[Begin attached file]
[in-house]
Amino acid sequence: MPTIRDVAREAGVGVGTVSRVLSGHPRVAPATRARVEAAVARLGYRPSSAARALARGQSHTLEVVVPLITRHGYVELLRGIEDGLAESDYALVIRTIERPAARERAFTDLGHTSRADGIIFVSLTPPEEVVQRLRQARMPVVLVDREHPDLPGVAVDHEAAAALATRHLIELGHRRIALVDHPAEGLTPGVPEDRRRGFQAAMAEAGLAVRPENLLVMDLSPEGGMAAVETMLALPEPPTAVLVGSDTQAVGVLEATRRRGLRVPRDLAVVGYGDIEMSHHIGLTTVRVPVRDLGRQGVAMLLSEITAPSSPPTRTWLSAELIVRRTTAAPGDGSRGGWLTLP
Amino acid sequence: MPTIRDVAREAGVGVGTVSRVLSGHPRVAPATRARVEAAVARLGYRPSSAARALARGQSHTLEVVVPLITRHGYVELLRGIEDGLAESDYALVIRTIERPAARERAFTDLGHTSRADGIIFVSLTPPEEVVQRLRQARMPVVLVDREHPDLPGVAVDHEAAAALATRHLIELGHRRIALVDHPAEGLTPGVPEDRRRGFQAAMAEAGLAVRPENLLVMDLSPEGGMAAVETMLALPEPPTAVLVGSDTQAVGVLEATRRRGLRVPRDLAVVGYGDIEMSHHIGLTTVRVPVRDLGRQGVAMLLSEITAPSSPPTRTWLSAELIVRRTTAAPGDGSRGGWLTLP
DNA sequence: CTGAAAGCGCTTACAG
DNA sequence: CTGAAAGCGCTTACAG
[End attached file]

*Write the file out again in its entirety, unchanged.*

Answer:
[in-house]
Amino acid sequence: MPTIRDVAREAGVGVGTVSRVLSGHPRVAPATRARVEAAVARLGYRPSSAARALARGQSHTLEVVVPLITRHGYVELLRGIEDGLAESDYALVIRTIERPAARERAFTDLGHTSRADGIIFVSLTPPEEVVQRLRQARMPVVLVDREHPDLPGVAVDHEAAAALATRHLIELGHRRIALVDHPAEGLTPGVPEDRRRGFQAAMAEAGLAVRPENLLVMDLSPEGGMAAVETMLALPEPPTAVLVGSDTQAVGVLEATRRRGLRVPRDLAVVGYGDIEMSHHIGLTTVRVPVRDLGRQGVAMLLSEITAPSSPPTRTWLSAELIVRRTTAAPGDGSRGGWLTLP
Amino acid sequence: MPTIRDVAREAGVGVGTVSRVLSGHPRVAPATRARVEAAVARLGYRPSSAARALARGQSHTLEVVVPLITRHGYVELLRGIEDGLAESDYALVIRTIERPAARERAFTDLGHTSRADGIIFVSLTPPEEVVQRLRQARMPVVLVDREHPDLPGVAVDHEAAAALATRHLIELGHRRIALVDHPAEGLTPGVPEDRRRGFQAAMAEAGLAVRPENLLVMDLSPEGGMAAVETMLALPEPPTAVLVGSDTQAVGVLEATRRRGLRVPRDLAVVGYGDIEMSHHIGLTTVRVPVRDLGRQGVAMLLSEITAPSSPPTRTWLSAELIVRRTTAAPGDGSRGGWLTLP
DNA sequence: CTGAAAGCGCTTACAG
DNA sequence: CTGAAAGCGCTTACAG